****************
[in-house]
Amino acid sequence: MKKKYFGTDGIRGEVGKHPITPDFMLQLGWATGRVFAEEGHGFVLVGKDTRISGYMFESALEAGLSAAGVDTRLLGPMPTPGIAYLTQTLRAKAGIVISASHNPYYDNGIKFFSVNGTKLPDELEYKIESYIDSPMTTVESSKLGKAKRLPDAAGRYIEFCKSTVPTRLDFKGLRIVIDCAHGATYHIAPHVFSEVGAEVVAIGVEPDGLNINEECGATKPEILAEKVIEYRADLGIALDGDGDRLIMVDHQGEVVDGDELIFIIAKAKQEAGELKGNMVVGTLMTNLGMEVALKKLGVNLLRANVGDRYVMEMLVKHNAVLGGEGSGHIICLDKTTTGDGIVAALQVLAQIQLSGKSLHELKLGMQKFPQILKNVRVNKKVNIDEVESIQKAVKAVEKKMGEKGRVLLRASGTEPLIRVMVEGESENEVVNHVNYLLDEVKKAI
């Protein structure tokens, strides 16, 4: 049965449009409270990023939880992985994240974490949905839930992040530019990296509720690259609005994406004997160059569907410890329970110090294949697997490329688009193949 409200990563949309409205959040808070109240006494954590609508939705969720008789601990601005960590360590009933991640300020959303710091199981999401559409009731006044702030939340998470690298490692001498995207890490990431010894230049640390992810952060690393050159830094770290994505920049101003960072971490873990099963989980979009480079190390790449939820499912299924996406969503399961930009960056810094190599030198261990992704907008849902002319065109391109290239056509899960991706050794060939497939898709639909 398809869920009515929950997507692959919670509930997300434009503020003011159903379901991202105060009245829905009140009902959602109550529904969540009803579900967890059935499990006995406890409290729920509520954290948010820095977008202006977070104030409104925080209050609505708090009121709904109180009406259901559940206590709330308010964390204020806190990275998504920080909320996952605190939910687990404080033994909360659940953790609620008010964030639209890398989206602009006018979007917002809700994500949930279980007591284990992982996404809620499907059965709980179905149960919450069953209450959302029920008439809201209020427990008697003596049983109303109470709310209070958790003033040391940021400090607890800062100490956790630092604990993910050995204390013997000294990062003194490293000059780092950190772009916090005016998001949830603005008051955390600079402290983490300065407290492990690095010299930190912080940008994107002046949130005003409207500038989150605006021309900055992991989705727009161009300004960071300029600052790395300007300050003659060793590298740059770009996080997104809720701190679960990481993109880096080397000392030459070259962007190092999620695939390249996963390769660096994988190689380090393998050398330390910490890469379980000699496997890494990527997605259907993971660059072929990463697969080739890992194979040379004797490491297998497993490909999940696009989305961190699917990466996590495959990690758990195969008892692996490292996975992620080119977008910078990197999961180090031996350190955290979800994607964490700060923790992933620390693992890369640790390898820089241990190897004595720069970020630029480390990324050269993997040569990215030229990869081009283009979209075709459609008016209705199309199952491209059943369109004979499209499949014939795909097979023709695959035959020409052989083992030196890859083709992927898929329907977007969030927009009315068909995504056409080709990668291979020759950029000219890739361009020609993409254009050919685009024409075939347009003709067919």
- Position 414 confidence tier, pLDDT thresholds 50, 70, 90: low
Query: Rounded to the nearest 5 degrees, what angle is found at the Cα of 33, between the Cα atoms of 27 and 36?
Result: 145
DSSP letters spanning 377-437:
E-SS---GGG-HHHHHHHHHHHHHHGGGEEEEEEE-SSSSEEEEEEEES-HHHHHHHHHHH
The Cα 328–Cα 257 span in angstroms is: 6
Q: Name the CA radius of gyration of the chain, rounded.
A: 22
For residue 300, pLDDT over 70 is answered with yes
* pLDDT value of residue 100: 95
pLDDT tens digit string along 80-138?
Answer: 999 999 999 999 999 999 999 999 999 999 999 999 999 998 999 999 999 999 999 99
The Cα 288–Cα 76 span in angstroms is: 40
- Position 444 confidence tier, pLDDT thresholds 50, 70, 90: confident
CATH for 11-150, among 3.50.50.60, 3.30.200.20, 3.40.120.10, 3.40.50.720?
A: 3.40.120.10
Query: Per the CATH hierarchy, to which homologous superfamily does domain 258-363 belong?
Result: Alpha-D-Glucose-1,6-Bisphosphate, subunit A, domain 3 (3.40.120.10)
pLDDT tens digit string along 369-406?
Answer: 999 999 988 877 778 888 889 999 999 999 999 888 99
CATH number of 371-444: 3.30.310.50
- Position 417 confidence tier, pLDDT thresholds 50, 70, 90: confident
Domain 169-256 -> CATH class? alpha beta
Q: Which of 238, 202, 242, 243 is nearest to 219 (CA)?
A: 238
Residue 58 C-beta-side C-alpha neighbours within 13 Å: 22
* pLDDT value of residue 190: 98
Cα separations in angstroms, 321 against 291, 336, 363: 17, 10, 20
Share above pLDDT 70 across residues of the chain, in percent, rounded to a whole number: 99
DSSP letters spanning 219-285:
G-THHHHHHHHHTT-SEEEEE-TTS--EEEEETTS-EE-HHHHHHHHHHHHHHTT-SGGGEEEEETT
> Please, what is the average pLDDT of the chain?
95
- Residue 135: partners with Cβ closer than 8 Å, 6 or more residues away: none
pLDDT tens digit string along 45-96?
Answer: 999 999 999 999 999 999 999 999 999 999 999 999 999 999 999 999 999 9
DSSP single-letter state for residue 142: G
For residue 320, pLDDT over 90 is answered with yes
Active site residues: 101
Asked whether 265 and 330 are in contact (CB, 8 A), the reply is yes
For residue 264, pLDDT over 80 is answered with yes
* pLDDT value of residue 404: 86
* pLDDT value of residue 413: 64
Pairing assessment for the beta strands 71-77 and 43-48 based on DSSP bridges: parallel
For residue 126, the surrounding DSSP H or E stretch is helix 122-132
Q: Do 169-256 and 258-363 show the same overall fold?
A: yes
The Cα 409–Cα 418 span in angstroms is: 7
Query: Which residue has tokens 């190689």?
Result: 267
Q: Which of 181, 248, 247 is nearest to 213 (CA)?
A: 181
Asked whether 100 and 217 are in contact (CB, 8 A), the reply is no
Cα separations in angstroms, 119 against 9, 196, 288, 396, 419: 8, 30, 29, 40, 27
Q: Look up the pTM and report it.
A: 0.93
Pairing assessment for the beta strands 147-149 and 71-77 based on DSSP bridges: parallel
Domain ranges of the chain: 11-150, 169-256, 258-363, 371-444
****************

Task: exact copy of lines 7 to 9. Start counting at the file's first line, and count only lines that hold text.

DSSP letters spanning 377-437:
E-SS---GGG-HHHHHHHHHHHHHHGGGEEEEEEE-SSSSEEEEEEEES-HHHHHHHHHHH
The Cα 328–Cα 257 span in angstroms is: 6